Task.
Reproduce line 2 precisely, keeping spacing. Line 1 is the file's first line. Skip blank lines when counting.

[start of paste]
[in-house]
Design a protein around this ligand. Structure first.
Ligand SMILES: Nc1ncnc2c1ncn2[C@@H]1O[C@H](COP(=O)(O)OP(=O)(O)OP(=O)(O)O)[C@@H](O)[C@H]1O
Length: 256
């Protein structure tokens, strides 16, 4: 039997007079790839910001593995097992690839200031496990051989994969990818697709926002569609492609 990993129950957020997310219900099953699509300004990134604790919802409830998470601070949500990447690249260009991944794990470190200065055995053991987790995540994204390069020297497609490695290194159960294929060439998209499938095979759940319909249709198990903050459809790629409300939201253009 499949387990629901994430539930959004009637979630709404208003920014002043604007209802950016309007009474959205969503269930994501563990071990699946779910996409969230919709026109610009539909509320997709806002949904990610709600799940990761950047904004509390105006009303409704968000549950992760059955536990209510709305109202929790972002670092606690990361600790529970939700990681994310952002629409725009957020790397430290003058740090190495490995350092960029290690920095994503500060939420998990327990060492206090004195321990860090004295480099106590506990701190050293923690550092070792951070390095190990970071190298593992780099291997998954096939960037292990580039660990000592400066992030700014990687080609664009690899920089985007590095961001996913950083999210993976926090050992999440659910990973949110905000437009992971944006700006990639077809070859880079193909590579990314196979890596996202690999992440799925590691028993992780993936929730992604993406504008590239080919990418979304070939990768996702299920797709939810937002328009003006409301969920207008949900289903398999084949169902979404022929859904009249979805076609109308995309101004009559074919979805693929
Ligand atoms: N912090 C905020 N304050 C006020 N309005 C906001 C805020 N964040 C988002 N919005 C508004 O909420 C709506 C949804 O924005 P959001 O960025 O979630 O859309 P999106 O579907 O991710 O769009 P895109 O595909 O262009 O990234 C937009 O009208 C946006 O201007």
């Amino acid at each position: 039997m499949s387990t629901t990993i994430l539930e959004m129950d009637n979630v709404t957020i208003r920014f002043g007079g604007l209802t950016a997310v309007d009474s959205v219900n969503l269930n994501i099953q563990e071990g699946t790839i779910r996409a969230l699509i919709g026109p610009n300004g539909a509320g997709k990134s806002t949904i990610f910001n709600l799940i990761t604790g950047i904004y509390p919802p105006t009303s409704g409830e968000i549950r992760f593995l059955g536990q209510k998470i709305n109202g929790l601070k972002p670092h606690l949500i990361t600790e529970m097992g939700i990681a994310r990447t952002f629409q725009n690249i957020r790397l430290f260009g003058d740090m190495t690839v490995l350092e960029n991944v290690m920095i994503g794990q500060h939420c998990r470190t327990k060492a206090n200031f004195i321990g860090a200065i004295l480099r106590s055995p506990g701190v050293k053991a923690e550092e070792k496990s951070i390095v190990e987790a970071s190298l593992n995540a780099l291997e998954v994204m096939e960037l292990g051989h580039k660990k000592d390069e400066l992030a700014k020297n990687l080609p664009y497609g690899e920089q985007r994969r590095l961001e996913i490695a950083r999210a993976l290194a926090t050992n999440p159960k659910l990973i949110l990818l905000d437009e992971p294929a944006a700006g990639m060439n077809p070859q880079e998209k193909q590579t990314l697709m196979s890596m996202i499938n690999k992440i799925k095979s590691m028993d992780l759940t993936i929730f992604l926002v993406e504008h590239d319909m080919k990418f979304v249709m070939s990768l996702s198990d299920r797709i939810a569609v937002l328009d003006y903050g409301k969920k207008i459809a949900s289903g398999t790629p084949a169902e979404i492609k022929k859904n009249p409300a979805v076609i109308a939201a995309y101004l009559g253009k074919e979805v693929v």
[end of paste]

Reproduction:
Design a protein around this ligand. Structure first.